* 2013/14 net profit up 63 pct to 180.4 mln euros
* Says can’t yet gauge impact of Russia-Ukraine crisis
* Targets 2014/15 dividend payout of 0.15-0.20 eur/share (Adds quotes and background)
VIENNA, Aug 1 (Reuters) - Austrian real estate firm Immofinanz forecast its core markets would develop positively this fiscal year as economies improve but said question marks remained over its key Russian market given the political stand-off with the West over Ukraine.
“The effects of this crisis on the commercial development of Immofinanz group’s target markets, above all Russia, cannot be estimated at the present time,” it said on Friday, adding 2013/14 net profit rose 63 percent to 180.4 million euros ($242 million).
Chief Executive Eduard Zehetner said Russia could prosper as well, assuming the crisis did not escalate “and long-term negative effects on the purchasing power of the population can be avoided”.
Immofinanz now depends on its five Russian shopping centres in the Moscow region for about a third of its rental income following the spin-off of Buwog, its German and Austrian residential property unit, at the end of April.
“The rental income from the Russian portfolio is generally coupled to the euro or U.S. dollar, but an ongoing decline in the ruble would have a negative effect on tenants’ cost structures,” it said in a statement.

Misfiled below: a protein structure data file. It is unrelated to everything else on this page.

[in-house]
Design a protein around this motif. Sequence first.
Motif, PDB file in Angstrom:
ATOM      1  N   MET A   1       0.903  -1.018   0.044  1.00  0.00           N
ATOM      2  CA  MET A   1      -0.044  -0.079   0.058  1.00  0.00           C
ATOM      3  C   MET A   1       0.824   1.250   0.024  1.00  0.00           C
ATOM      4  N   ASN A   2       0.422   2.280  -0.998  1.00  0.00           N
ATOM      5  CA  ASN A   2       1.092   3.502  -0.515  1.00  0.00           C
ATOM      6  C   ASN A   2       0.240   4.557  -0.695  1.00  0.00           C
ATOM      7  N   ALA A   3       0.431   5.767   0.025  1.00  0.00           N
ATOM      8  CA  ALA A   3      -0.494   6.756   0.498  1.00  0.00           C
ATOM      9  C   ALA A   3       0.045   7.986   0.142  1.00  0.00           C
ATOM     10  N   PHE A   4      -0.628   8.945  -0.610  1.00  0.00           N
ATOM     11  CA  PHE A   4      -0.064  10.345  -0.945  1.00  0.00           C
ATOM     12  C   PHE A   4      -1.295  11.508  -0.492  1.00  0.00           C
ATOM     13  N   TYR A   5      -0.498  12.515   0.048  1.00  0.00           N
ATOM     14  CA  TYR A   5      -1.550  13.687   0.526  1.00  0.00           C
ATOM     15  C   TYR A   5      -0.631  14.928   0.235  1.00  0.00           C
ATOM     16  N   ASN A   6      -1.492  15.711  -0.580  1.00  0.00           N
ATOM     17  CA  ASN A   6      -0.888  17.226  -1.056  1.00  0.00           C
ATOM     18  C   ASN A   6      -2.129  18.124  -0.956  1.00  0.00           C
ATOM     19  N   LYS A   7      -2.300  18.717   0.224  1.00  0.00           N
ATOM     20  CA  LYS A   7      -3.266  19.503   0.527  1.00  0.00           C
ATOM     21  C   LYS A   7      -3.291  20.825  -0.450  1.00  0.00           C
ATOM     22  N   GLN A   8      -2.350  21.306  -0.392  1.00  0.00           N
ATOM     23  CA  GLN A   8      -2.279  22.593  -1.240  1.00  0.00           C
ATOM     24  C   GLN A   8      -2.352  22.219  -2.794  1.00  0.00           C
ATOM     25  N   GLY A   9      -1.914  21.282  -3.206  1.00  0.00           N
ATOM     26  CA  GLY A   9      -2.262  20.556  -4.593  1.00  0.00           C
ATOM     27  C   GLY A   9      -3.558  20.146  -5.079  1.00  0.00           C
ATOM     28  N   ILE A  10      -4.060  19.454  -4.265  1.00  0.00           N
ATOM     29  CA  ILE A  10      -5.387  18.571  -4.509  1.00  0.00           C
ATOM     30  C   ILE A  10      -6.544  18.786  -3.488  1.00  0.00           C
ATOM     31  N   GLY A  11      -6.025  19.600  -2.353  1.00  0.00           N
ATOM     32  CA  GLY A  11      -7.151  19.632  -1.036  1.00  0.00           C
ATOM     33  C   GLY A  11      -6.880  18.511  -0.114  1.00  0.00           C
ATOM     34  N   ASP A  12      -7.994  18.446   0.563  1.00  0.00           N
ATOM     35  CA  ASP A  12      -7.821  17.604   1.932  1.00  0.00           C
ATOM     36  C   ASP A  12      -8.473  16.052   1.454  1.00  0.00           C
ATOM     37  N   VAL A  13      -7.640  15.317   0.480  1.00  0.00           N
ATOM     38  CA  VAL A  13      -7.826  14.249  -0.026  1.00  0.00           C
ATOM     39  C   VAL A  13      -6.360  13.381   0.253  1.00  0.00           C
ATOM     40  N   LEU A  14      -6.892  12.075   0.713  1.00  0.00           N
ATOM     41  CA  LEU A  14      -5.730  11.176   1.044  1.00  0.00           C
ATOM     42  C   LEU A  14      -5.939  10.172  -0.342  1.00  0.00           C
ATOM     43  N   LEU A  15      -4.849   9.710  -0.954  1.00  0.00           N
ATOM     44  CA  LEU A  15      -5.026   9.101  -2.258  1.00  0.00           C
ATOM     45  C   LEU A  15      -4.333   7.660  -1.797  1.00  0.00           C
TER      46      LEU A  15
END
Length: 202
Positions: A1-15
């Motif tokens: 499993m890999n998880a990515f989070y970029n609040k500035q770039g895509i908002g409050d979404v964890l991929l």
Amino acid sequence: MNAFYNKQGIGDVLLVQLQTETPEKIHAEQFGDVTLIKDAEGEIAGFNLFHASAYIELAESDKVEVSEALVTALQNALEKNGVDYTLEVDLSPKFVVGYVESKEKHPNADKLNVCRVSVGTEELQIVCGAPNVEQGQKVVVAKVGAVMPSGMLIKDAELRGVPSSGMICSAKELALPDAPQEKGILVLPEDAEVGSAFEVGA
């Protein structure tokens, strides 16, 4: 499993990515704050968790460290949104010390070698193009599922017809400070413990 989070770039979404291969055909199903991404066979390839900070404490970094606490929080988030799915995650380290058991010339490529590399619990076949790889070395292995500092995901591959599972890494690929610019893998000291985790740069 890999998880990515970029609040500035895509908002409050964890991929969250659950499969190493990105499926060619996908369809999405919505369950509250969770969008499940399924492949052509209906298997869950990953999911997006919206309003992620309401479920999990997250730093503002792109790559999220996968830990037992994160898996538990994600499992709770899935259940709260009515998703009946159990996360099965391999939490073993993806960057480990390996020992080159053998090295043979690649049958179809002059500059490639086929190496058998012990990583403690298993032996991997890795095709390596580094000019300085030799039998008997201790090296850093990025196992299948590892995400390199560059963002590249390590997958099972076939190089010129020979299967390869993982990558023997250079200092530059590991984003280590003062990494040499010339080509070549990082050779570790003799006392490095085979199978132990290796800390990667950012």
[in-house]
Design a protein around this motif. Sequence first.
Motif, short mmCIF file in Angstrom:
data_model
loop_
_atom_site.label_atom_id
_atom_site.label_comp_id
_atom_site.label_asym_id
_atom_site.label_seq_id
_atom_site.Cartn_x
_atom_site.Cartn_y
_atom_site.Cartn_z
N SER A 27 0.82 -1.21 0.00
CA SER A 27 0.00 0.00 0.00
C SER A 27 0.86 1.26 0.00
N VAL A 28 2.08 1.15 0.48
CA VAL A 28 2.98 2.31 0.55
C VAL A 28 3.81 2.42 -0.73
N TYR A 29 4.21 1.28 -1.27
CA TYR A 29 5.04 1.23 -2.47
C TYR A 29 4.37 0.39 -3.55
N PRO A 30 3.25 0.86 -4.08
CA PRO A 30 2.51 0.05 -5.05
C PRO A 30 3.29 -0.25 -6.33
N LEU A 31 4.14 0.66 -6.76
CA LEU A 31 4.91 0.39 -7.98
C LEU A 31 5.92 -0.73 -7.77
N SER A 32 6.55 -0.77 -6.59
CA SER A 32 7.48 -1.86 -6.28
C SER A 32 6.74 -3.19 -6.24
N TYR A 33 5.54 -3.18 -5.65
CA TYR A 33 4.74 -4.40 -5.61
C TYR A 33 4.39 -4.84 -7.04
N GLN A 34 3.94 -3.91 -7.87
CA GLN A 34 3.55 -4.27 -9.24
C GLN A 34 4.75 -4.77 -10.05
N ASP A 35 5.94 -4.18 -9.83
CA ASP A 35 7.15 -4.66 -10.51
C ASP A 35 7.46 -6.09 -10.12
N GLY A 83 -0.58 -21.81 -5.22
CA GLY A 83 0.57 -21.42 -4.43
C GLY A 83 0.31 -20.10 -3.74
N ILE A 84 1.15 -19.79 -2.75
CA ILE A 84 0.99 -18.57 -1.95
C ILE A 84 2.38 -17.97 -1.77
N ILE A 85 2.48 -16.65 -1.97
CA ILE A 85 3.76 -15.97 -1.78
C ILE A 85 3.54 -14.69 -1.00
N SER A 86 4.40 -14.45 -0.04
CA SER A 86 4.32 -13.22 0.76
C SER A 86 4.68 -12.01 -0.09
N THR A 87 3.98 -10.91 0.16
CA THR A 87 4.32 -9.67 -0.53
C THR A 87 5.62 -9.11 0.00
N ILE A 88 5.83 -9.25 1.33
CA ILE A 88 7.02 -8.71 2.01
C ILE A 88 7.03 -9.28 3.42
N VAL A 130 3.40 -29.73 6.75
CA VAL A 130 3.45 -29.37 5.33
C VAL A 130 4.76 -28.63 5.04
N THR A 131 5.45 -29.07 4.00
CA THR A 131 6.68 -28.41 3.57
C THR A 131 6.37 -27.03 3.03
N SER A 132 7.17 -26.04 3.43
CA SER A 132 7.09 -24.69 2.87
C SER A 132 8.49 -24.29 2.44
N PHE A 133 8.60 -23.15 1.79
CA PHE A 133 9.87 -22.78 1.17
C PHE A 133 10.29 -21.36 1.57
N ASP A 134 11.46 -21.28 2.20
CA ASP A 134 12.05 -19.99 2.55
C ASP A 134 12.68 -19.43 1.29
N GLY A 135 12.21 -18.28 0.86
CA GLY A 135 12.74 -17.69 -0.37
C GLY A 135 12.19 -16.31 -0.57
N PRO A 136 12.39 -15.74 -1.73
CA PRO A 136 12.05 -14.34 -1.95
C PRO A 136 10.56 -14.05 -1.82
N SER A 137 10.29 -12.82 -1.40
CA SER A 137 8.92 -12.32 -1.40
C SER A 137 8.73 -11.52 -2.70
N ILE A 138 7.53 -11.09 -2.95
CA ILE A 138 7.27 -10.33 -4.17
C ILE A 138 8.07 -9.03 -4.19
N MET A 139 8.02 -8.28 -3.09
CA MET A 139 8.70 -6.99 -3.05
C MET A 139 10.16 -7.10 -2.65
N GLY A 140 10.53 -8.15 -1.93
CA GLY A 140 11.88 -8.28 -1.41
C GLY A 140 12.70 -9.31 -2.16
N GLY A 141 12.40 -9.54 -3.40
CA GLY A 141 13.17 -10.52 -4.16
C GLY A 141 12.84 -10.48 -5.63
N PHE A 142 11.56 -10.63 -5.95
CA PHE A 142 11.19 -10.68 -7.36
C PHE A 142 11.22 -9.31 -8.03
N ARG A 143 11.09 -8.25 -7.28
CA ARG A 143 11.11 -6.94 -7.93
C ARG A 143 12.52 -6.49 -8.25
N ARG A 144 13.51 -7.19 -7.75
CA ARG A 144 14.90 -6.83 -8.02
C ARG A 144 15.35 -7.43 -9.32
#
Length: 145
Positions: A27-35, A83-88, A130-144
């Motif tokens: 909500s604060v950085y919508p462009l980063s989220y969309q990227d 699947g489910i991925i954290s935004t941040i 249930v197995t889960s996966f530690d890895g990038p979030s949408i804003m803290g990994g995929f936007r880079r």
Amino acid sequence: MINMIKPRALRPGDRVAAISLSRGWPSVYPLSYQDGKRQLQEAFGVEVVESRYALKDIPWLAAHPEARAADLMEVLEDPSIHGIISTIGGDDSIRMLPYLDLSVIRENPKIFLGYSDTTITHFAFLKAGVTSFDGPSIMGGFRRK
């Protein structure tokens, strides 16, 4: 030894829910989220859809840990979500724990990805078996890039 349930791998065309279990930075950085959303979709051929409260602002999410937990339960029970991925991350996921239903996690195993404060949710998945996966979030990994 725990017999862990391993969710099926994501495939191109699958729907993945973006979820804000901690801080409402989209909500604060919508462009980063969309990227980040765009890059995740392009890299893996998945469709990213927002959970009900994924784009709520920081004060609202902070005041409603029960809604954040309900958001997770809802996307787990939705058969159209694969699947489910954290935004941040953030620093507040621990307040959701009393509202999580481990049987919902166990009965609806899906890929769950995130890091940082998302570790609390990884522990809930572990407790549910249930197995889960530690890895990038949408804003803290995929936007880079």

“As indicated in the report on the first three quarters of 2013/14, short-term arrangements were concluded with a number of tenants in the Moscow shopping centres to reduce the currency-related pressure. This also proved to be a sustainable procedure during the 2008/09 financial crisis,” it said.
Immofinanz proposed no dividend for the fiscal year that ended in April, as flagged during the Buwog spin-off.
“The dividend payment should be resumed starting with the current financial year. From the present point of view, a distribution of 0.15 to 0.20 euro per share is targeted for 2014/15, whereby a combination of dividend and share buyback programme is possible,” it said.
The hit from revaluations adjusted for foreign exchange effects widened to 178 million euros from 31 million, above all due to its Russian property portfolio. “These results reflect the political unrest in Ukraine and the previously imposed as well as potential sanctions against Russia,” it said.
Zehetner, who had long said he would retire after completing the separation of Buwog from the rest of the company, is handing over to Oliver Schumy, an eastern Europe expert from cardboard box maker Mayr-Melnhof, next May.
Immofinanz shares have fallen 13 percent this year to date, compared with an 11 percent increase in the European real-estate index, partly due to the Buwog spin-off but mainly because of concerns about its Russian exposure.
The shares trade at 12 times forward earnings, below Austrian peers Conwert and CA Immo, which trade at 26 and 22 times forward earnings respectively, according to Thomson Reuters data.
$1 = 0.7442 Euros Reporting by Michael Shields and Georgina Prodhan; Editing by David Evans and Mark Potter